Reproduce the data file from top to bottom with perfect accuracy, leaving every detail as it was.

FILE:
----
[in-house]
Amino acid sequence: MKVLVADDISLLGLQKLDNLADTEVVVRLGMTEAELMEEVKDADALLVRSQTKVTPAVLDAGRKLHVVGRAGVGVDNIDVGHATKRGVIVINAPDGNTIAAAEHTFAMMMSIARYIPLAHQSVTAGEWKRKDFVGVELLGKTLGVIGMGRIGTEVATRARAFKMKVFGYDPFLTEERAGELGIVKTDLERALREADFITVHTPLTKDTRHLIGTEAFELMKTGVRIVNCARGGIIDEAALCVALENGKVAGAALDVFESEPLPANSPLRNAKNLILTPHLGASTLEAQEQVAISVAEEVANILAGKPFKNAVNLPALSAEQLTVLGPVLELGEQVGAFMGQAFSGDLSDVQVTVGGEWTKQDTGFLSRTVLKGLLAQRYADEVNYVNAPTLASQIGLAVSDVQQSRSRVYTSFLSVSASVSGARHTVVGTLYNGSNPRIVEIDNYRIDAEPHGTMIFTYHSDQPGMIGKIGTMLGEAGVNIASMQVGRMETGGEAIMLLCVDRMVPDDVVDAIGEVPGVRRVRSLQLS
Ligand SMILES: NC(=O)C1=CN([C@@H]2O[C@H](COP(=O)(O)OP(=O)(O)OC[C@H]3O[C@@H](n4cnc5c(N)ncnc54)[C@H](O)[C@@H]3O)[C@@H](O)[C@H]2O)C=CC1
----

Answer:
[in-house]
Amino acid sequence: MKVLVADDISLLGLQKLDNLADTEVVVRLGMTEAELMEEVKDADALLVRSQTKVTPAVLDAGRKLHVVGRAGVGVDNIDVGHATKRGVIVINAPDGNTIAAAEHTFAMMMSIARYIPLAHQSVTAGEWKRKDFVGVELLGKTLGVIGMGRIGTEVATRARAFKMKVFGYDPFLTEERAGELGIVKTDLERALREADFITVHTPLTKDTRHLIGTEAFELMKTGVRIVNCARGGIIDEAALCVALENGKVAGAALDVFESEPLPANSPLRNAKNLILTPHLGASTLEAQEQVAISVAEEVANILAGKPFKNAVNLPALSAEQLTVLGPVLELGEQVGAFMGQAFSGDLSDVQVTVGGEWTKQDTGFLSRTVLKGLLAQRYADEVNYVNAPTLASQIGLAVSDVQQSRSRVYTSFLSVSASVSGARHTVVGTLYNGSNPRIVEIDNYRIDAEPHGTMIFTYHSDQPGMIGKIGTMLGEAGVNIASMQVGRMETGGEAIMLLCVDRMVPDDVVDAIGEVPGVRRVRSLQLS
Ligand SMILES: NC(=O)C1=CN([C@@H]2O[C@H](COP(=O)(O)OP(=O)(O)OC[C@H]3O[C@@H](n4cnc5c(N)ncnc54)[C@H](O)[C@@H]3O)[C@@H](O)[C@H]2O)C=CC1